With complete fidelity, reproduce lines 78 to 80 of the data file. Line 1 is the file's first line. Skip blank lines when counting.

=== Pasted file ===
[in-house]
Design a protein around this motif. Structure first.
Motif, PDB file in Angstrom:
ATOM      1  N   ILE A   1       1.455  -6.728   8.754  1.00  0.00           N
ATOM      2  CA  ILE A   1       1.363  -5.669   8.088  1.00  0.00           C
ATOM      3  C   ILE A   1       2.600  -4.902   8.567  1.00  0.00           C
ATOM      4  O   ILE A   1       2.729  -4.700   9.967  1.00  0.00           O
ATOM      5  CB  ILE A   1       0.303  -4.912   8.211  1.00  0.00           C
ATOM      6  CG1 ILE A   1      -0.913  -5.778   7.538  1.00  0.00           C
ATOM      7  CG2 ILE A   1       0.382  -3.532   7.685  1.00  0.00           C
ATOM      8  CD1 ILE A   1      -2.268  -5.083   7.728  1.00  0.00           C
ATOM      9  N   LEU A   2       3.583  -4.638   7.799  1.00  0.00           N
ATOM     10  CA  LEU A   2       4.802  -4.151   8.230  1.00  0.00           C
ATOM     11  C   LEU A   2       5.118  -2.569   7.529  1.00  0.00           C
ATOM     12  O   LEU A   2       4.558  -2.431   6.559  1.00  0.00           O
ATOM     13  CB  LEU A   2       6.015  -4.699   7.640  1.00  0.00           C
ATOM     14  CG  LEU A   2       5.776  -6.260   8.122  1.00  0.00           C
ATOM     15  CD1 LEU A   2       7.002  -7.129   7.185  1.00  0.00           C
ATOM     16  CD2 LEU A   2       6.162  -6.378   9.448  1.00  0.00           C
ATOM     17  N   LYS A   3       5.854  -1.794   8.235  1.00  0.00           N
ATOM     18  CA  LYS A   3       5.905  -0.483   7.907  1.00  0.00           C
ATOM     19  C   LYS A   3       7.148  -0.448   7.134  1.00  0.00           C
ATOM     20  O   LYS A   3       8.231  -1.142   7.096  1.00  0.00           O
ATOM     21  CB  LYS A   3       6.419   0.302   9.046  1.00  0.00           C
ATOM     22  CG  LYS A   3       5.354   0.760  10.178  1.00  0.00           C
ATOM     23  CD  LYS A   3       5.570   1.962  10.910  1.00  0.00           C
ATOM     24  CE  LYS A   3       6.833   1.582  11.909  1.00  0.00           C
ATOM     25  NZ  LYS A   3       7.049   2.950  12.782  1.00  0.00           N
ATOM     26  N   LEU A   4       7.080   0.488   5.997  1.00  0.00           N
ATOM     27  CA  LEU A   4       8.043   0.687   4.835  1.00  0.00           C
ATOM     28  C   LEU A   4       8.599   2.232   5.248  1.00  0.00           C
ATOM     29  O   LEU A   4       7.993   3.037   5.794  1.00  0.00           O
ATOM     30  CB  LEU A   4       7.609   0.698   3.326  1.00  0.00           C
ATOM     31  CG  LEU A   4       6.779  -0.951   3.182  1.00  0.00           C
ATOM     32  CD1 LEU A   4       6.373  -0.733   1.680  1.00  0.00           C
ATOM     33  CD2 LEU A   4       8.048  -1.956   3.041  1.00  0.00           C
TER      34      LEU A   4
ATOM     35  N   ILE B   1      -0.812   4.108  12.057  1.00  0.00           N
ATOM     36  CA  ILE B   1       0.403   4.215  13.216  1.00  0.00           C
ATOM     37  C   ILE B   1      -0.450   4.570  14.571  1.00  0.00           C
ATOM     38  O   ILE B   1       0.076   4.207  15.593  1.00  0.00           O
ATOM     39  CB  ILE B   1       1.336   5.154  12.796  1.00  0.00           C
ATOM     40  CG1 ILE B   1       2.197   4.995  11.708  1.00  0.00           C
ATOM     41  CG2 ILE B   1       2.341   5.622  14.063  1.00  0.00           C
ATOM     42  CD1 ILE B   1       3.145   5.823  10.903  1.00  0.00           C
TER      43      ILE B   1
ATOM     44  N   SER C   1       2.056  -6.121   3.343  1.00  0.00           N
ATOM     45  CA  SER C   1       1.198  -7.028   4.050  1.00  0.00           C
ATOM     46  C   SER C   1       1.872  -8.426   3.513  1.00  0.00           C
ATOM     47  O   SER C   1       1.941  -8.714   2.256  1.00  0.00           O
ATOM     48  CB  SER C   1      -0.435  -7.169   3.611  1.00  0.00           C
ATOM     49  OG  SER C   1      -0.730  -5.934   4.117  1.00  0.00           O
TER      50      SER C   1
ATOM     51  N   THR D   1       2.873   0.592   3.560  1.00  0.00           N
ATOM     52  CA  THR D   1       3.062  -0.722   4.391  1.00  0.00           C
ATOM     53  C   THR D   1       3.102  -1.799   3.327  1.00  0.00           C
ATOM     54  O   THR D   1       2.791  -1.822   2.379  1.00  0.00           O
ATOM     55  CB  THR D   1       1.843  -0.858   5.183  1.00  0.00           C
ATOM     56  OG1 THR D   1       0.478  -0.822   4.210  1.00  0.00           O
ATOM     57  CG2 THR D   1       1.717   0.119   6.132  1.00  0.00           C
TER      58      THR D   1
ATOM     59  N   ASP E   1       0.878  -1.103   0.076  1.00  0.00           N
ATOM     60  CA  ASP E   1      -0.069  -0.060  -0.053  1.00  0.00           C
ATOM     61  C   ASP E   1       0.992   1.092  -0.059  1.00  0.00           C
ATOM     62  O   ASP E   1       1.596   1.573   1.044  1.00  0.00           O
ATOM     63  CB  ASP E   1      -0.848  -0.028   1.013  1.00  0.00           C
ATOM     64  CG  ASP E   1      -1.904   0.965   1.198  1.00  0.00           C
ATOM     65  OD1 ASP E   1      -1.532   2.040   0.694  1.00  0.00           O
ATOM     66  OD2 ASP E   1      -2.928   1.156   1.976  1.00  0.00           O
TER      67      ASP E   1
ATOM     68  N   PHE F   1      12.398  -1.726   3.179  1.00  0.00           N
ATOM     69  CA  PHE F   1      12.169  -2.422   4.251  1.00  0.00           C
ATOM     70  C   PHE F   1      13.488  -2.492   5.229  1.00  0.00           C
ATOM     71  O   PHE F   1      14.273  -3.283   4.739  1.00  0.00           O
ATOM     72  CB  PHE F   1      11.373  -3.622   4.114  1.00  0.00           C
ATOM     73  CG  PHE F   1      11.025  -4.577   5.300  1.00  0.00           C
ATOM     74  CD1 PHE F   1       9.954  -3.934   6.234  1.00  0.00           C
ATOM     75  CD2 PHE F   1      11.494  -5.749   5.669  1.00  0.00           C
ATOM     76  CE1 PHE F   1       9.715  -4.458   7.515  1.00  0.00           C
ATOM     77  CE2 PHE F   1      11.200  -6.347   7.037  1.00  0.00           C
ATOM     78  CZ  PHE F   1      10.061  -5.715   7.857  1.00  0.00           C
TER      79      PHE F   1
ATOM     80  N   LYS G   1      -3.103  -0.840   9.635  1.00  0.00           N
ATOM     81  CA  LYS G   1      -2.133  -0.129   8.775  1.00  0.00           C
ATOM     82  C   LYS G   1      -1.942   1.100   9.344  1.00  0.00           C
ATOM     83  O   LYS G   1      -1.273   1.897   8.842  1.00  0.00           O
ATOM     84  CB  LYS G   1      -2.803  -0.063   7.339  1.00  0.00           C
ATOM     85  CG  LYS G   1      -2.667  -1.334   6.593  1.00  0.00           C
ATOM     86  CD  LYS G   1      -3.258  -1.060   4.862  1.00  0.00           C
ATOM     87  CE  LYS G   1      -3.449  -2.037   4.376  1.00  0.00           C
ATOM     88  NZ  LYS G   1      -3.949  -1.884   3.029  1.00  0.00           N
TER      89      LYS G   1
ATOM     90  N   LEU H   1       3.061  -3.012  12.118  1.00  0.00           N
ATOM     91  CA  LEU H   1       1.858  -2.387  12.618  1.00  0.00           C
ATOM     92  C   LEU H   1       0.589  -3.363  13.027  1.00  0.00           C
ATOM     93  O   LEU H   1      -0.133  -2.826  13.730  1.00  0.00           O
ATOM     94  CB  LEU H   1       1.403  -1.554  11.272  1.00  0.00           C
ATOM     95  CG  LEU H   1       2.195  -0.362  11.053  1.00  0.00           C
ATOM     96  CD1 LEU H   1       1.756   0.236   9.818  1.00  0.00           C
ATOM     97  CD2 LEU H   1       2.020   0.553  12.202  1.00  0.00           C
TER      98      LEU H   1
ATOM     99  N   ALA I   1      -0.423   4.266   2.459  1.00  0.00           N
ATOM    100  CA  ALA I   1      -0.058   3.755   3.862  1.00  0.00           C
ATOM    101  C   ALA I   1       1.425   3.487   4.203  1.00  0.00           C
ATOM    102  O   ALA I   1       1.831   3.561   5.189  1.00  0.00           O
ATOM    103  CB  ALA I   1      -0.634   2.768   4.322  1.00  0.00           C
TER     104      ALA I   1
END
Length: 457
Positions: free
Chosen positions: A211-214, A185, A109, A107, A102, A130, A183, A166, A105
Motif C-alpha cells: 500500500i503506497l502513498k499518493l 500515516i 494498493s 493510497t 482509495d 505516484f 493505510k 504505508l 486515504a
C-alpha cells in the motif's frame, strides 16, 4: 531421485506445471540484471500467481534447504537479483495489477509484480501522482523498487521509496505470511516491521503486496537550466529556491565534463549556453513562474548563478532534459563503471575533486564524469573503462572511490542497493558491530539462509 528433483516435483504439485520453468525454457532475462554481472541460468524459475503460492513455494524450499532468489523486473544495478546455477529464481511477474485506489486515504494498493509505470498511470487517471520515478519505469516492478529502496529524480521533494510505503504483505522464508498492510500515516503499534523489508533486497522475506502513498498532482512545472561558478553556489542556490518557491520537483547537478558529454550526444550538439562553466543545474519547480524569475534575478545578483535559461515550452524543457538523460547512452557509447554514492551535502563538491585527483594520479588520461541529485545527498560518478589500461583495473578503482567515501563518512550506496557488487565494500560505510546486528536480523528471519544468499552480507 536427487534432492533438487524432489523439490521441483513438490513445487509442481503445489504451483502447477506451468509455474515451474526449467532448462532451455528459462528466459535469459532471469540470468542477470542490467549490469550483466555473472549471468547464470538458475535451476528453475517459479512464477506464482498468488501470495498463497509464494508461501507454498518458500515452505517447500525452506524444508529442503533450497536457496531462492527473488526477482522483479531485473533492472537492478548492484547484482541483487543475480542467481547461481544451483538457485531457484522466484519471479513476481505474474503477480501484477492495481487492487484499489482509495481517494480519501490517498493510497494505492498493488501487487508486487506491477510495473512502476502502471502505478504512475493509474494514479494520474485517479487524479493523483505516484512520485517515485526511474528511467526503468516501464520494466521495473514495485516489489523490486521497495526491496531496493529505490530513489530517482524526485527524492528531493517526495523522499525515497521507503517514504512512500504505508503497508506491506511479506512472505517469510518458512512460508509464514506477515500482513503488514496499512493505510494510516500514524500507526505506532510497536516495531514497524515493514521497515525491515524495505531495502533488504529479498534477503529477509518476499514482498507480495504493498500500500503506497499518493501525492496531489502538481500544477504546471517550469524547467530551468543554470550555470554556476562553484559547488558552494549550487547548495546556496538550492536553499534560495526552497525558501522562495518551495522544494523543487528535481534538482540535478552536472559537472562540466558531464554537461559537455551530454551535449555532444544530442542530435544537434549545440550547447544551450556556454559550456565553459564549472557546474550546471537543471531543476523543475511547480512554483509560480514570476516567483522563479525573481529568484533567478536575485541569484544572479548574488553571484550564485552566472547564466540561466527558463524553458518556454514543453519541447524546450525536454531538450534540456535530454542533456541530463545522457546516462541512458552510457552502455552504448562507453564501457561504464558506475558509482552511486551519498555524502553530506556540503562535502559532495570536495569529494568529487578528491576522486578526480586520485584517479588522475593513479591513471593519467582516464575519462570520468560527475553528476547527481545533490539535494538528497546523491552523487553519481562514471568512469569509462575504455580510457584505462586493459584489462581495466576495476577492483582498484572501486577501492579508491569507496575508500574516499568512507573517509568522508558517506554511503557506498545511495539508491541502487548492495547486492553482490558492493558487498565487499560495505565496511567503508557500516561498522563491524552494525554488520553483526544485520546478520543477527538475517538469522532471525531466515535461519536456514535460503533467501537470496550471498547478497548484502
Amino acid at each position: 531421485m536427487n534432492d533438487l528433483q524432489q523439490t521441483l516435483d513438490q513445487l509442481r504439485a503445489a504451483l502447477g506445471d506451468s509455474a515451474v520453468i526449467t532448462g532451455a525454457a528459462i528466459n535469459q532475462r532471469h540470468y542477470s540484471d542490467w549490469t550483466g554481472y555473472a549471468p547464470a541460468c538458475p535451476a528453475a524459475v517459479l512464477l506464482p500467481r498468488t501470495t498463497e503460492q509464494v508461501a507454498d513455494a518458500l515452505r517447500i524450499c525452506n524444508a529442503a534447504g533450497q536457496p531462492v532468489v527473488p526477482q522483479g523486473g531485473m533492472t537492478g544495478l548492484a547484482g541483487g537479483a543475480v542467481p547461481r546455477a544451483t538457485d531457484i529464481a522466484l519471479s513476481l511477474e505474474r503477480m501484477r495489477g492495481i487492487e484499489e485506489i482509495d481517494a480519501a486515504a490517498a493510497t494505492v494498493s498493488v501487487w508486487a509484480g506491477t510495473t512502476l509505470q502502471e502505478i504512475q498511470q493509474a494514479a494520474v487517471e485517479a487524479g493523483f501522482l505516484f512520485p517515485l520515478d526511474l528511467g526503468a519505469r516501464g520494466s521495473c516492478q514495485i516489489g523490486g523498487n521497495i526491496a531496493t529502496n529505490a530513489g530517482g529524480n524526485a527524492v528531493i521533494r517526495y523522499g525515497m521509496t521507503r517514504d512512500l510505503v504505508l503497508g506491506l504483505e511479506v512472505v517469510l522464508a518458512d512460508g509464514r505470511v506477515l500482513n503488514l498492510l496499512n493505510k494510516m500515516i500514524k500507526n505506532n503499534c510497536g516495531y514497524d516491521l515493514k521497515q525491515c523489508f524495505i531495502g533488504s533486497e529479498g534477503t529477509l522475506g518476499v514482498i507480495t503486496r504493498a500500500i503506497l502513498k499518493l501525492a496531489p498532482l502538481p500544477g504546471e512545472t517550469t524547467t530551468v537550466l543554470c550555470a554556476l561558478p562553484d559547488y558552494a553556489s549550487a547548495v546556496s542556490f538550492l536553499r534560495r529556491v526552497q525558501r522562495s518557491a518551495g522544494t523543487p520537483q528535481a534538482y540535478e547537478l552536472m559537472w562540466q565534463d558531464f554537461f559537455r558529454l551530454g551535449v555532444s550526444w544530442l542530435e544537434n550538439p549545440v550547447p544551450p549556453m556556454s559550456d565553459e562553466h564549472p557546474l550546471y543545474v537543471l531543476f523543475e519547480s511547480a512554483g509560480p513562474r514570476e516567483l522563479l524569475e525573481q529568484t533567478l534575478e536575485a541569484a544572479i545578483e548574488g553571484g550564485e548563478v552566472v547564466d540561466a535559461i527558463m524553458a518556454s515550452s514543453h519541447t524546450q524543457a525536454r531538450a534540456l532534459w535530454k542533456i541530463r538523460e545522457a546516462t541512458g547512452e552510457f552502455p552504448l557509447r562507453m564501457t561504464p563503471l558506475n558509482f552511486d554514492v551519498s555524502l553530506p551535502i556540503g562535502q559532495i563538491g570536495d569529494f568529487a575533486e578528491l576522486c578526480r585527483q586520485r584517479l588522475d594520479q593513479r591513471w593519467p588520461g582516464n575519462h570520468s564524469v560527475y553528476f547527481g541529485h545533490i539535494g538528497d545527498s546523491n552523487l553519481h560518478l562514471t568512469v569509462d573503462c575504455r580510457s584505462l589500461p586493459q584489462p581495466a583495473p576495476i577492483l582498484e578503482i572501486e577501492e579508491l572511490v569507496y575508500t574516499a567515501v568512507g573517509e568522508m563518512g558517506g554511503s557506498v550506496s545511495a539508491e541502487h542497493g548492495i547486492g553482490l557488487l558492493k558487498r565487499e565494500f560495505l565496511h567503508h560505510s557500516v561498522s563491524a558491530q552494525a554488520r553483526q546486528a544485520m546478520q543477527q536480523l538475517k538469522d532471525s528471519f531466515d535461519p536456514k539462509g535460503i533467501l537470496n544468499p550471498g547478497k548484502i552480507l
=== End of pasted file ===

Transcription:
ATOM     75  CD2 PHE F   1      11.494  -5.749   5.669  1.00  0.00           C
ATOM     76  CE1 PHE F   1       9.715  -4.458   7.515  1.00  0.00           C
ATOM     77  CE2 PHE F   1      11.200  -6.347   7.037  1.00  0.00           C